unionism or enlarge political north-southery.

I put republicans on notice that they will be operating within a
process that will not be a one-way street. The DUP is not merely
in the business of guarding against attempts to advance the
nationalist goal of a united Ireland but of promoting,
maintaining and strengthening the union. The DUP openly admits it
has its own agenda. We are convinced the arrangements we have
secured significantly fortify the link with Great Britain. We
intend to build on the east-west relationship and reinforce the


I point out these realities not to deflate the prospect of moving
forward and making progress but to ensure that the basis for
moving forward is understood and soundly based. For the new
Executive to work, the parameters need to be understood and each
party needs to respect the very real differences which do exist
and instead learn to build on those areas where interests are

If parties can concentrate on those issues and areas which can
improve the lives of all our people rather than chasing
constitutional moonbeams then a bright future awaits. Prospects
never before imagined lie before us if we reach out and grab the
opportunities. The DUP is determined to make a difference and
will work earnestly with those who also want to improve the lives
and livelihoods of our people. Equally those who seek to push at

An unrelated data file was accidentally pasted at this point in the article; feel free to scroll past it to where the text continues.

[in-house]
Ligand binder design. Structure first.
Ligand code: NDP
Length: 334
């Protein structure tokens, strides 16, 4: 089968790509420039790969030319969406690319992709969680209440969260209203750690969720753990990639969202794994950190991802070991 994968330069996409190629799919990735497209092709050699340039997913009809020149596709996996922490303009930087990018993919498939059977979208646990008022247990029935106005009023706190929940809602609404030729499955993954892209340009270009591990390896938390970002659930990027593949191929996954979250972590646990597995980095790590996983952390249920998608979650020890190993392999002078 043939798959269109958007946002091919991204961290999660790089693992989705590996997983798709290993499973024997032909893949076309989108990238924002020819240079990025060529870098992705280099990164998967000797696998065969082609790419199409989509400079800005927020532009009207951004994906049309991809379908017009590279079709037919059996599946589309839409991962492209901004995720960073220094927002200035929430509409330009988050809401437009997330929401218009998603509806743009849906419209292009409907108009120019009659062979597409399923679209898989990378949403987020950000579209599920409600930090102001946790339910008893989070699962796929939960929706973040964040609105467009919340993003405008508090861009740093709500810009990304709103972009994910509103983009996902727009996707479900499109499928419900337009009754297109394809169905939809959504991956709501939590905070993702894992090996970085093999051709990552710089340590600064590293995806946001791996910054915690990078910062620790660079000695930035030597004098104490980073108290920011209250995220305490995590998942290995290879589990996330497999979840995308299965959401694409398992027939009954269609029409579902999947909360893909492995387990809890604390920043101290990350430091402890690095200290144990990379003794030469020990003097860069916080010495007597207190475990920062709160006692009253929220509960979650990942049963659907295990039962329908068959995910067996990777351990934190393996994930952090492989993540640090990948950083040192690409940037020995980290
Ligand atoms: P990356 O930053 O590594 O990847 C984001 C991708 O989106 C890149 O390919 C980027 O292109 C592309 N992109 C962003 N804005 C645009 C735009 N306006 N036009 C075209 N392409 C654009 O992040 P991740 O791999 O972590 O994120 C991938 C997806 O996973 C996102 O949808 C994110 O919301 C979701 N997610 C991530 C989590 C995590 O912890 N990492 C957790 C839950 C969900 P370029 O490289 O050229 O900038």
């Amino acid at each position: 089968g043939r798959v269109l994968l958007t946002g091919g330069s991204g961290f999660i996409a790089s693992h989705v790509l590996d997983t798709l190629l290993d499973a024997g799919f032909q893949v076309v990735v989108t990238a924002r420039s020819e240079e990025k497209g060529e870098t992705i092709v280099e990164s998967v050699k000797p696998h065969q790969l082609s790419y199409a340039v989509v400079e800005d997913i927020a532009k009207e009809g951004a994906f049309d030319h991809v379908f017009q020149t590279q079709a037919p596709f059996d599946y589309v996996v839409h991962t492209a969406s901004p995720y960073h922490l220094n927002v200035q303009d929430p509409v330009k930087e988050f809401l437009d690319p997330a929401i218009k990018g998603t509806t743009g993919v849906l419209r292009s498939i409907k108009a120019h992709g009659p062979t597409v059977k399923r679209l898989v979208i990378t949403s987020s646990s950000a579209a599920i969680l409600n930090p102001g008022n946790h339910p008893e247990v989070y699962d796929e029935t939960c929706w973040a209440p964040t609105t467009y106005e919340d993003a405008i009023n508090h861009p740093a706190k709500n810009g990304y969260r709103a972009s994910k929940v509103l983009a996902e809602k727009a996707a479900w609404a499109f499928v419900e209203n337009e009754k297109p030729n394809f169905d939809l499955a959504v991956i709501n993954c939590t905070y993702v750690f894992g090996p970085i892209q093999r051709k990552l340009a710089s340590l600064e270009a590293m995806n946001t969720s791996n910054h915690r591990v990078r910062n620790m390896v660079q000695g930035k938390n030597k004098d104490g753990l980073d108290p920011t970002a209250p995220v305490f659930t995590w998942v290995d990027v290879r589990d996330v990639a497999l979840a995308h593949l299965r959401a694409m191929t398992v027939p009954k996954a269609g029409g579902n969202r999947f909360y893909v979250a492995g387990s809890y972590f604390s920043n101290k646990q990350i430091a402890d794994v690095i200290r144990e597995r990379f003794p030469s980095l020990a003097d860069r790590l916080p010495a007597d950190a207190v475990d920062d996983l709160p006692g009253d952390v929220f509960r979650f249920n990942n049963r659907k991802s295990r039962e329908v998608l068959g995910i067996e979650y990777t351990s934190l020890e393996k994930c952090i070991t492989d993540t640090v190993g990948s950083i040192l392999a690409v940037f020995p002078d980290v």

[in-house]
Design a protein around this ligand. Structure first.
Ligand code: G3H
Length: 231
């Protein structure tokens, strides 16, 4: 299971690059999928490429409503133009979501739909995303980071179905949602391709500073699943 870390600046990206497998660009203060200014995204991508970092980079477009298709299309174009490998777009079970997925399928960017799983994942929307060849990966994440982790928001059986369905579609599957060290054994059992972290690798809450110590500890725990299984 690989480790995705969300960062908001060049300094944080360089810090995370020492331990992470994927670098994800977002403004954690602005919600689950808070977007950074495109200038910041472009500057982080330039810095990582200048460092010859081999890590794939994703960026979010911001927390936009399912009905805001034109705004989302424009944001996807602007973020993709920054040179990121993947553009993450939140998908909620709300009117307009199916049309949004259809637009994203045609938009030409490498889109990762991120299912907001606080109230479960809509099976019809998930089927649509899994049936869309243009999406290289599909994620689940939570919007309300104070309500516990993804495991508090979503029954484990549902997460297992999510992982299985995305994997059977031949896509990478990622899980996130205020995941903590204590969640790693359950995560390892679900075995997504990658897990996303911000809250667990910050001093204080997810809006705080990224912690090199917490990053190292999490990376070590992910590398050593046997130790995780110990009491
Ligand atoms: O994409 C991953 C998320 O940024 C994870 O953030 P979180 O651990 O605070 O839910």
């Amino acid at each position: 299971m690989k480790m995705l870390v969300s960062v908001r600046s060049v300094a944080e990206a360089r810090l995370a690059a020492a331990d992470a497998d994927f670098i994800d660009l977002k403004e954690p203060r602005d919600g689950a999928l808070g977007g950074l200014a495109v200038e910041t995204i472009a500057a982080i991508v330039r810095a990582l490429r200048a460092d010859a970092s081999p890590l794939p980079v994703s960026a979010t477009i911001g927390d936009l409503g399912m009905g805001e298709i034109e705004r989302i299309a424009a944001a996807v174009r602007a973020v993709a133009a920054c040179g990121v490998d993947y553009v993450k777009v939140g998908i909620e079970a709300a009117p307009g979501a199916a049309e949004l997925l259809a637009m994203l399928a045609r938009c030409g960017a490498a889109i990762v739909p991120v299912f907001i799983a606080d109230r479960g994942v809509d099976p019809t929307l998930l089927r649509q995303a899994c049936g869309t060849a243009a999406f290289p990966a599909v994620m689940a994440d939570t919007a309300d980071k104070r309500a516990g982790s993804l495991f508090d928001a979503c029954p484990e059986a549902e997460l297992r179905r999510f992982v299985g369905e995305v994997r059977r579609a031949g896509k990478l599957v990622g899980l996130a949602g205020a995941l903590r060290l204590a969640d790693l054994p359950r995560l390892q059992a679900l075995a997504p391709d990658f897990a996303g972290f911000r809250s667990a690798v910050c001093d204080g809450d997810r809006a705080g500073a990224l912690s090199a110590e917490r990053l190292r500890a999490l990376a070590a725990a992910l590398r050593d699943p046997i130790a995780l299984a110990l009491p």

the constitutional boundaries can expect total and determined

c Belfast Telegraph


Shark Spotted, But There's No Need To Panic

[Published: Friday 20, April 2007 - 09:07]
By Linda McKee

A huge shark has been spotted cruising at the entrance to
Strangford Lough.

But there's no reason for fear - the gigantic fish was a basking
shark, which feeds only on plankton.

In fact, the shark, glimpsed at the Narrows by marine biologist
Professor Graham Savidge of Queen's University's lab in
Portaferry, was a relatively small specimen. Basking sharks are
among the biggest fish on the planet, second only to the tropical
whale shark.

Padraig Whooley, sightings co-ordinator with the Irish Whale And
Dolphin Group which reported the find on its website, said the
incident came one day after the year's first basking shark-
sighting in Irish waters, suggesting that the enormous beasts may
be responding to our rapidly warming waters.

"Irish waters are probably some of the best waters in the world